Recently I designed the new identity for this organisation, a charity and not for profit with the aim of reinstating a regular service to currently disused railway lines running through the city. The group formed in 2003 but after a bit of restructuring they’re planning on a relaunch later this year in a bid to attract more support and increase membership.
I’ve talked about trains on this blog before. We love our railways in the UK, but we seem to be confused about what a train is. It seems the ones we like are those funny old round ones powered by steam. The ones we decommissioned decades ago in favour of more efficient, faster and more relevant ones powered by diesel or electricity, the kind that don’t require a grubby man with a shovel to feed coal into a boiler.
It’s 2011, and these guys wanted to show that they were a modern group with modern aims. This isn’t a heritage railway project set up to satiate the desires of steam buffs. This is a practical, forward looking transport initiative working hard to bring a useful and relevant service to normal, everyday people who are at the minute reliant on cars or a patchy and infrequent bus service.
In search of modernity, naturally I headed straight to the 1960s. During the initial briefing it was agreed that the British Rail identity from that decade was something to aim for, so I got to work trying to capture that, but without using arrows of any description. Arrows are a hackneyed device at the best of times, but they’re all over the railways.
It’s been a funny job, this one. The organisation at the minute exists as a community campaign group, but in the future they may, or may not, be involved in the actual running of a railway. The best course of action for them to move forward is still unclear, so any identity has to be as open ended as the group is. It’s a strange client to have really – one that can’t say for sure what sort of client it might be in a years’ time.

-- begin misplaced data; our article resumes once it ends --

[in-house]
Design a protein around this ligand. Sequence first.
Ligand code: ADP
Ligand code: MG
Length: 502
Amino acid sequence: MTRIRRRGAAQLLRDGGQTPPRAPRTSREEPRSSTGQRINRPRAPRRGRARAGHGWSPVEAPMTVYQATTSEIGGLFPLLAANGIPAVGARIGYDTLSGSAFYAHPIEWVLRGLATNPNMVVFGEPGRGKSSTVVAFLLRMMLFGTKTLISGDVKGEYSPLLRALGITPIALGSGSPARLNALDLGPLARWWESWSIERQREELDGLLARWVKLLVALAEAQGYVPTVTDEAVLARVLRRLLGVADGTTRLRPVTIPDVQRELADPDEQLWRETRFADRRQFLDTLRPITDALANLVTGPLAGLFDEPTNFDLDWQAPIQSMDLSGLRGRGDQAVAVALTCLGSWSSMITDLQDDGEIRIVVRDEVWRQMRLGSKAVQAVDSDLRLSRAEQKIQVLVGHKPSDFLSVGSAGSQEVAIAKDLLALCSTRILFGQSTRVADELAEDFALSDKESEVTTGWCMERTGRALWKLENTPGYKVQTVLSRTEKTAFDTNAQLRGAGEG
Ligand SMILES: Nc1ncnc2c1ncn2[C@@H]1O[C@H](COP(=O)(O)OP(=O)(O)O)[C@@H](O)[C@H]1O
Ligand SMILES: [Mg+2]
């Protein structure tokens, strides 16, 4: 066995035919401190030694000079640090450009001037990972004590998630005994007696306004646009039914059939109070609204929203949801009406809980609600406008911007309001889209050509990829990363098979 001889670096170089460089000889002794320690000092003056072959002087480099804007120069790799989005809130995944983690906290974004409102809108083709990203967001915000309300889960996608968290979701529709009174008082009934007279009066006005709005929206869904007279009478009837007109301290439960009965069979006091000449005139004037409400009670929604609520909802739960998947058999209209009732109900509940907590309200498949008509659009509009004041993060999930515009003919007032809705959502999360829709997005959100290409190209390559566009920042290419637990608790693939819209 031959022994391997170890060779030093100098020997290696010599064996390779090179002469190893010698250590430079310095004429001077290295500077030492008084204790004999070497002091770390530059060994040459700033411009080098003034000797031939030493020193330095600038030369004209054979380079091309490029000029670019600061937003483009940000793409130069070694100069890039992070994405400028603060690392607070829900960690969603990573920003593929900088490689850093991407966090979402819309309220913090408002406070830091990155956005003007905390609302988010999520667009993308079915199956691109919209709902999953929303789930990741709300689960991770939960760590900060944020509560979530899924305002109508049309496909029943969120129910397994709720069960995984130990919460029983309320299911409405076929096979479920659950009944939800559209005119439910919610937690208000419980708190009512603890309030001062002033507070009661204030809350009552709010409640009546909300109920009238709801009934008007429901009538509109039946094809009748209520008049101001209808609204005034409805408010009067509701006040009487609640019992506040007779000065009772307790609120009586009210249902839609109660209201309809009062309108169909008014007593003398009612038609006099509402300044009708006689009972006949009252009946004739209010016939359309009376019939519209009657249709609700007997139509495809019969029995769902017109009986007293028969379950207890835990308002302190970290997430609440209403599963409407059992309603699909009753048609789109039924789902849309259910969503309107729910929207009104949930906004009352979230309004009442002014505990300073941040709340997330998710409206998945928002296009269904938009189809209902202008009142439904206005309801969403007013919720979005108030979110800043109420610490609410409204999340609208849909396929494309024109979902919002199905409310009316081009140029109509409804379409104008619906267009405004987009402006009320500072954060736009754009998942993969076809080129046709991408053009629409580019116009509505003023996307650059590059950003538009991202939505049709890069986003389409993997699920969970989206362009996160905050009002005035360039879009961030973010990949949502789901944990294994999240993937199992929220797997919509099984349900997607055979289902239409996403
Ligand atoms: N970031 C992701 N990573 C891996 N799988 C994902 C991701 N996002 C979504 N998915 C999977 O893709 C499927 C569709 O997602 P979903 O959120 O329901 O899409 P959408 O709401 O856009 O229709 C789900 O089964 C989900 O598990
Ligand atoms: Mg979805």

Right now they don’t have much money kicking around, so bar a few higher budget bits of literature to get the word out, there’s probably going to be a lot of photocopies being handed around at various events the group attends. Any graphic design used in this way needs to be clear enough to survive such treatment, but at the same time it could well be seen in the future in all its full colour glory from a moving train window. So it has to stand up to that, it can’t look cheap.
Simplicity was key really. I had to focus specifically on those aspects of the group that are permanent. We know what the end result wants to be, we know the goal, so we’ll focus on that. That way, the content of the logo is also something to aim for.
Of course, as with all logos, it needed to be versatile and easily recognisable. And it needed to be of a style that distanced itself from the stuffy vintage image so frequently the distraction of the sector. This is a group that is serious about reinstating the rail service and goes about its business with an eye on the future, not on the past.
The stationery is similarly simple, with a bit more colour used on the batch of leaflets they’ve so far had printed up. I thought it was quite important that any literature they put out made their new, refreshed aims perfectly clear, so I pushed for the bold use of the mission statement on the front cover.
They only had 50 of these done. It was a bit of a last minute rush job for an event the group was attending, so they’re nothing special. To keep costs down they were printed on quite a flimsy stock and the layout is rather uninspiring because of the time constraints, the large amount of copy and a lack of inspiring imagery. Cheap and cheerful, they did their job fine but I’m working on something a bit more substantial at the moment which will involve a bit of photography and some nifty folding. I’ll share when I get the green light.
In an earlier blog, completely without context at that time, I posted a Harry Beck homage route map I produced for the group, designed to illustrate how their plan integrates with the city’s current and proposed public transport network. Apparently it’s proved quite a useful tool in convincing people how valuable the project is, which shows how a picture can say a thousand words. I also designed and built their website which can be seen here.